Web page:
same family, but Is not nearly so deli
cate. The cheapest "bargain" extracts are
made entirely from the Tonka bean. It
has been said that in most cases where
poisoning has taken place after eating
Ice cream, cheap vanilla has been the
flavor employed. Where the pure arti
cle is prepared at home there is never
The vanilla plant Is ..n orchid and
ihe only one whose fruit has a com
Another way of preparing the flavor
ing Is to split four beans and clip in
bits with scissors. Put seeds,. husks
and all Into a bottle, pour over them
one pint of brandy or whisky, cork
tightly, shaking frequently for the first
four -or five weeks.
Vanilla Sugar for Flavoring. An
other excellent way to utilize the pods
for flavoring is this: Cut -one ounce of
tbe Mexican vanilla beans into very
small pieces, using shear.; or a knife.
Add one ounce grain alcohol, macerate
for 30 minutes, then add two ounces
sugar of milk. Break up seven ounces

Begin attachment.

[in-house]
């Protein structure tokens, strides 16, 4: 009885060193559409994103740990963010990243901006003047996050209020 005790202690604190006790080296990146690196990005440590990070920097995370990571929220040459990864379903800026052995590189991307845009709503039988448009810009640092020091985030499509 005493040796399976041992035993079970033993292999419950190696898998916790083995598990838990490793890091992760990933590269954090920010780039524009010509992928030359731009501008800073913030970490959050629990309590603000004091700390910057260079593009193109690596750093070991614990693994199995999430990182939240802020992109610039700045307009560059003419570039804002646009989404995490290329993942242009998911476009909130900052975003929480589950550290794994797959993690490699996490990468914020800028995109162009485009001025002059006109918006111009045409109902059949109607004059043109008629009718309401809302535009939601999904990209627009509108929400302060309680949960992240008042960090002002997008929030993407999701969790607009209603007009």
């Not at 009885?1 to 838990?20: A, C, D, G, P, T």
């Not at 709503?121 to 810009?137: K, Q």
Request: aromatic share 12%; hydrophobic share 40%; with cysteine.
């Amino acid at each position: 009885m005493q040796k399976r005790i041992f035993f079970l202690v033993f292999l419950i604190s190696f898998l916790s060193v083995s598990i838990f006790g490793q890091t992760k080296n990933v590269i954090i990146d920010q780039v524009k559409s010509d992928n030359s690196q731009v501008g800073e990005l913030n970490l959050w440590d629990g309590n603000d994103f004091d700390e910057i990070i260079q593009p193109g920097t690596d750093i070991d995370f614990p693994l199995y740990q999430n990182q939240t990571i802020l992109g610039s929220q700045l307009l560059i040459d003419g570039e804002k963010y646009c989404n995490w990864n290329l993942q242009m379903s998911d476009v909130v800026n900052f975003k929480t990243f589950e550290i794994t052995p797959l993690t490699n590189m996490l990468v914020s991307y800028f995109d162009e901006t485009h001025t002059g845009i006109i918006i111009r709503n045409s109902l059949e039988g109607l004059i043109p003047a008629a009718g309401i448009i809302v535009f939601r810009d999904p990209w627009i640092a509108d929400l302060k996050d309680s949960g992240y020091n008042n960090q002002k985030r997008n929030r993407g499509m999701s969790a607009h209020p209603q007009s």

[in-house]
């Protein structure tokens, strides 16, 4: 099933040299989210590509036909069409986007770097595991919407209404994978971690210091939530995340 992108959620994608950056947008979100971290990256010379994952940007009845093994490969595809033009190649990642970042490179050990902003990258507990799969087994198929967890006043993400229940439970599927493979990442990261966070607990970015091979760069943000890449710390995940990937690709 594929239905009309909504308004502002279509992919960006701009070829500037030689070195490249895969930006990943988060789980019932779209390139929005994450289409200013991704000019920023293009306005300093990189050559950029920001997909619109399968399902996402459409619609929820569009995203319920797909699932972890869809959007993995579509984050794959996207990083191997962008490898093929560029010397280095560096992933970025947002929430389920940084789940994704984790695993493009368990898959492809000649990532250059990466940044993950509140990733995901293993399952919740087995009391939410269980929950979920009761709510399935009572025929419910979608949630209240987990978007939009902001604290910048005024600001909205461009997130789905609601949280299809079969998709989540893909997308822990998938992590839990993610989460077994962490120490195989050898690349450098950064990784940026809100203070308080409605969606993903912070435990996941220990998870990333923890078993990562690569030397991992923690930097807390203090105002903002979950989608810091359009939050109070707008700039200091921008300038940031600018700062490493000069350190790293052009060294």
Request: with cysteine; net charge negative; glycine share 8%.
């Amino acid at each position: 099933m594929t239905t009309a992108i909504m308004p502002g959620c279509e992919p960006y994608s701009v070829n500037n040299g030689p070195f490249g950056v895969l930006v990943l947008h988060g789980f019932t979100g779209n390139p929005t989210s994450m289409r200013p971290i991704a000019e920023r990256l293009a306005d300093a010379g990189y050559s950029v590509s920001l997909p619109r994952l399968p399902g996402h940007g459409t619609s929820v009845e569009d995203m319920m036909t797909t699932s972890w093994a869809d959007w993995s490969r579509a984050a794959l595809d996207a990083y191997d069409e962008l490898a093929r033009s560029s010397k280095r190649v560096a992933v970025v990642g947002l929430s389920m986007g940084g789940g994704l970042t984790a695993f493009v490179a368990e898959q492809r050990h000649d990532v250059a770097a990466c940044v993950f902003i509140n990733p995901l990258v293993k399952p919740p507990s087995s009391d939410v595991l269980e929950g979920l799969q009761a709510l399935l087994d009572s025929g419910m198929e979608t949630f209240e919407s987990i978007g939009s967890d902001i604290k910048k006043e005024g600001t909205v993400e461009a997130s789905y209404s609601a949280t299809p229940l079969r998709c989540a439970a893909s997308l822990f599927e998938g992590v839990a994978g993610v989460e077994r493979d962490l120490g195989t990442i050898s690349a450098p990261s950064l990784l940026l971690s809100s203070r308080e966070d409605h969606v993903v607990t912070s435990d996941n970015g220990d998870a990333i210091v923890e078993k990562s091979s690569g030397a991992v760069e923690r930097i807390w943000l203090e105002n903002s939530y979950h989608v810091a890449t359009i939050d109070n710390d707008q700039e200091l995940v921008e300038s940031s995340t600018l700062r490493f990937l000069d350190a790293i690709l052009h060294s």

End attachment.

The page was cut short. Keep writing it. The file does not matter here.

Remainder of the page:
rock candy crystals with a hammer,
first wrapping a cloth around it. and
add to the other Ingredients. Add also
two pounds powdered sugar. When
thoroughly mixed put Into a well
stoppered bottle. This is unequaled
for purity and flavor.
Lemon Extract. Before cutting the
lemons to extract the juice, scrub well,
rinse and wipe with a soft cloth. Then
grate off all the delicate yellow skin.
taking c re that none o: the white
part of the rind goes in, as this will
give a bitter taste. Pack a small bot
tle full of these yellow shavings, cover
with pure grain alcohol and set away
for three weeks. At the end of that
time strain and 'bottle.
Lemon Sugar. Place the grated yel
low rind of lemons In a wide-mouthed
bottle and cover thickly with granu
lated sugar. Keep the bottle tightly
corked. The sugar becomes saturated
with the oil from the peel and wLen